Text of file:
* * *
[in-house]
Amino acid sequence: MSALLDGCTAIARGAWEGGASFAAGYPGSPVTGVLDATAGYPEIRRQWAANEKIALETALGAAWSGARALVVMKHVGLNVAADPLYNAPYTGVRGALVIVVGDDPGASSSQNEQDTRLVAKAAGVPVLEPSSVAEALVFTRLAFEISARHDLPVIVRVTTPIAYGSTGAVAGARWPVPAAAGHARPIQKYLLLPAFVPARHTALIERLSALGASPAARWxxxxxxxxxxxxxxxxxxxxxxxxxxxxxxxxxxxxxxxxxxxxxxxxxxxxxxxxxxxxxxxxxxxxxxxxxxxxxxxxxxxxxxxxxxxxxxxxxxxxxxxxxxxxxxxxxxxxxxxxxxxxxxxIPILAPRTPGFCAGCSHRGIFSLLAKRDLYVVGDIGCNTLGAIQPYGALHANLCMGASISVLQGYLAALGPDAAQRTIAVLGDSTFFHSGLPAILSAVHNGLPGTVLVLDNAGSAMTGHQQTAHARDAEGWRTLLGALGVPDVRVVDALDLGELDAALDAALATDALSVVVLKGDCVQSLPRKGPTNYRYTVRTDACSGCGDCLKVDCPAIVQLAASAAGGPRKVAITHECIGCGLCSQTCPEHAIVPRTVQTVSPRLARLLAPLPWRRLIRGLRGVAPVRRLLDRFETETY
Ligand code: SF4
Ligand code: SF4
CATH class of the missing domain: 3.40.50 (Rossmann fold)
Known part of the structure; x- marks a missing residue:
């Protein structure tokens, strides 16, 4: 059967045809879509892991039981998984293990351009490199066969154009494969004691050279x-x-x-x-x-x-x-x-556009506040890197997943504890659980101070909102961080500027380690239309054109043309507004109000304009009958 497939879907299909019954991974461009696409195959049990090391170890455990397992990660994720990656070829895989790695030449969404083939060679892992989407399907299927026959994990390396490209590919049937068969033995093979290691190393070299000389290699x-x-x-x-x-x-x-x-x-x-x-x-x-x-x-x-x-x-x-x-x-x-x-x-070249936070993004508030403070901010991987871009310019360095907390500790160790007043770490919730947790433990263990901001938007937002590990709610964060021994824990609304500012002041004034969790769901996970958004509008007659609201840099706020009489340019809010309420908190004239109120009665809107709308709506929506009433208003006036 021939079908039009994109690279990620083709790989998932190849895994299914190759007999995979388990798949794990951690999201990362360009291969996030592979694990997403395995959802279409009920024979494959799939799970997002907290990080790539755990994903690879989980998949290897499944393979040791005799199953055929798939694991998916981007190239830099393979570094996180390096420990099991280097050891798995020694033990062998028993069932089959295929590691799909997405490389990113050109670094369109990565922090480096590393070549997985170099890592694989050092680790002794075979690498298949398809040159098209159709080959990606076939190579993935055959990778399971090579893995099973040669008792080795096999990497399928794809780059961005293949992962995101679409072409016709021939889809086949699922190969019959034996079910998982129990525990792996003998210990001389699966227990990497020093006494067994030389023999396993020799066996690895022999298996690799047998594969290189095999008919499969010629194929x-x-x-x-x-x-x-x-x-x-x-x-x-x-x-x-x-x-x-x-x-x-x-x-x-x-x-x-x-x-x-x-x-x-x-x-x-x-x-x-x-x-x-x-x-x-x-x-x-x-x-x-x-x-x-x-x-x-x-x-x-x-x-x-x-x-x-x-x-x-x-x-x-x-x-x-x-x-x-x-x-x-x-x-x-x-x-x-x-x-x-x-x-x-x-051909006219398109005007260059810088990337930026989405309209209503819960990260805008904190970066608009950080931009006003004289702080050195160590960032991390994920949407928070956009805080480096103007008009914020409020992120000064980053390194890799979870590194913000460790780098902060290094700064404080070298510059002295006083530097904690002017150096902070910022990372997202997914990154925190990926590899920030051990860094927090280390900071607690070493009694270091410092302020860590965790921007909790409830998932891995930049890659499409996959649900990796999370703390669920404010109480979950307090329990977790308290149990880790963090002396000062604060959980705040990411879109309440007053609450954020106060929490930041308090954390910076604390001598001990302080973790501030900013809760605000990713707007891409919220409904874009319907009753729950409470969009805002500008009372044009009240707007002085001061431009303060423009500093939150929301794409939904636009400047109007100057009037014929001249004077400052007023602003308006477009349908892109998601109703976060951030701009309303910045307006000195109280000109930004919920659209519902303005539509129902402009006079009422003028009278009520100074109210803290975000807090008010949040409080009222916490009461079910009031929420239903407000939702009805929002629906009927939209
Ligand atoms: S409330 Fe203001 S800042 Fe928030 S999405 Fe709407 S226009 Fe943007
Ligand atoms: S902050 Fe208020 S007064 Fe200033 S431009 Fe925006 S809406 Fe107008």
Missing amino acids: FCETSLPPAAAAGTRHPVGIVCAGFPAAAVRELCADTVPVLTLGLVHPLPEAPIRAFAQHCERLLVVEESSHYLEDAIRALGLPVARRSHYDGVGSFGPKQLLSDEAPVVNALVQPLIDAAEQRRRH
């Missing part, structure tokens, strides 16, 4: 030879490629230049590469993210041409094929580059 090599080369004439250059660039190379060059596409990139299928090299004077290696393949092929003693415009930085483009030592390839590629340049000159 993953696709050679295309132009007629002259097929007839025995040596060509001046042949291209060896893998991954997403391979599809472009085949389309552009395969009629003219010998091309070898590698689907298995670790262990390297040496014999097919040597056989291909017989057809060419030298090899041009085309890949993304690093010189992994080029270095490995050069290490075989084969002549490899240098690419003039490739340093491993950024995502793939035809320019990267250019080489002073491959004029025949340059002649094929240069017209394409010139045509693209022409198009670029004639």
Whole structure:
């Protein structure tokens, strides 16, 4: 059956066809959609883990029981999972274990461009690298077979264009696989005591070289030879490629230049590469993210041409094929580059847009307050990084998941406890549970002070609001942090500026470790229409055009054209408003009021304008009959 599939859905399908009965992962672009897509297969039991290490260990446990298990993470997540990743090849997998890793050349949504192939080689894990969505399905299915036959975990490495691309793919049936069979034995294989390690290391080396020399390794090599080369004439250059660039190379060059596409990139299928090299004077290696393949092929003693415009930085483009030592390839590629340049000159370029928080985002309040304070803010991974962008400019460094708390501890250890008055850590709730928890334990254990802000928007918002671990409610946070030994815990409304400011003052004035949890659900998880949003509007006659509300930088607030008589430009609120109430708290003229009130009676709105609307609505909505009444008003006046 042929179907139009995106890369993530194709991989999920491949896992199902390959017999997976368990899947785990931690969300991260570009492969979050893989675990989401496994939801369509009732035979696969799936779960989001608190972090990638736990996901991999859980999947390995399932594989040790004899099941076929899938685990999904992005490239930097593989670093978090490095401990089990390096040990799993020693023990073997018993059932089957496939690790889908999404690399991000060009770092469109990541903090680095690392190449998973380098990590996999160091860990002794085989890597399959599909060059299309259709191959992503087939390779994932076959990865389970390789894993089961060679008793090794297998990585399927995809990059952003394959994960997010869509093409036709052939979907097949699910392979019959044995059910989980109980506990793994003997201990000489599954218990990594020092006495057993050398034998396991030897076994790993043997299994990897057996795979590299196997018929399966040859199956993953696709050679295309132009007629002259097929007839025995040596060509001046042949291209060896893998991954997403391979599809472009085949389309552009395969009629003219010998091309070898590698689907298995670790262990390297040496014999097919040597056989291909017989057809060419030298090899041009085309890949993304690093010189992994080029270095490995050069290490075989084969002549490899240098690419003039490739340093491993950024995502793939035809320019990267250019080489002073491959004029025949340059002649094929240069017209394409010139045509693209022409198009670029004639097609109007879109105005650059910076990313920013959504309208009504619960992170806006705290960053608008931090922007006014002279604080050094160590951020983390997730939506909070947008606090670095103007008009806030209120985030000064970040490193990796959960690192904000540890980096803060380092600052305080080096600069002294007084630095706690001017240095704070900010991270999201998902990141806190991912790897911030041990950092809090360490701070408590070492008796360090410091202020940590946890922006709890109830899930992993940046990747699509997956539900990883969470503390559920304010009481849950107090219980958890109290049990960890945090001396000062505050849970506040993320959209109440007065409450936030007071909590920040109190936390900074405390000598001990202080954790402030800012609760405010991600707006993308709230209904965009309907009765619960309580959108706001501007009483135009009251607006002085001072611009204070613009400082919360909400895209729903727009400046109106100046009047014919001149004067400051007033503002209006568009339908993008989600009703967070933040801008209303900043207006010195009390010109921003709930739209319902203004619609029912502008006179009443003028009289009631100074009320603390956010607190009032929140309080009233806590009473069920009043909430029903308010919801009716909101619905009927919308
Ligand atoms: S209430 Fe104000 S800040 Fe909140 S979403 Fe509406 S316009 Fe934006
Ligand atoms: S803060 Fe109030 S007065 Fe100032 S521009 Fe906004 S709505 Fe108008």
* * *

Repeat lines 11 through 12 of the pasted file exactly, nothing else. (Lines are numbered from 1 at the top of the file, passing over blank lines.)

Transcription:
């Missing part, structure tokens, strides 16, 4: 030879490629230049590469993210041409094929580059 090599080369004439250059660039190379060059596409990139299928090299004077290696393949092929003693415009930085483009030592390839590629340049000159 993953696709050679295309132009007629002259097929007839025995040596060509001046042949291209060896893998991954997403391979599809472009085949389309552009395969009629003219010998091309070898590698689907298995670790262990390297040496014999097919040597056989291909017989057809060419030298090899041009085309890949993304690093010189992994080029270095490995050069290490075989084969002549490899240098690419003039490739340093491993950024995502793939035809320019990267250019080489002073491959004029025949340059002649094929240069017209394409010139045509693209022409198009670029004639």
Whole structure: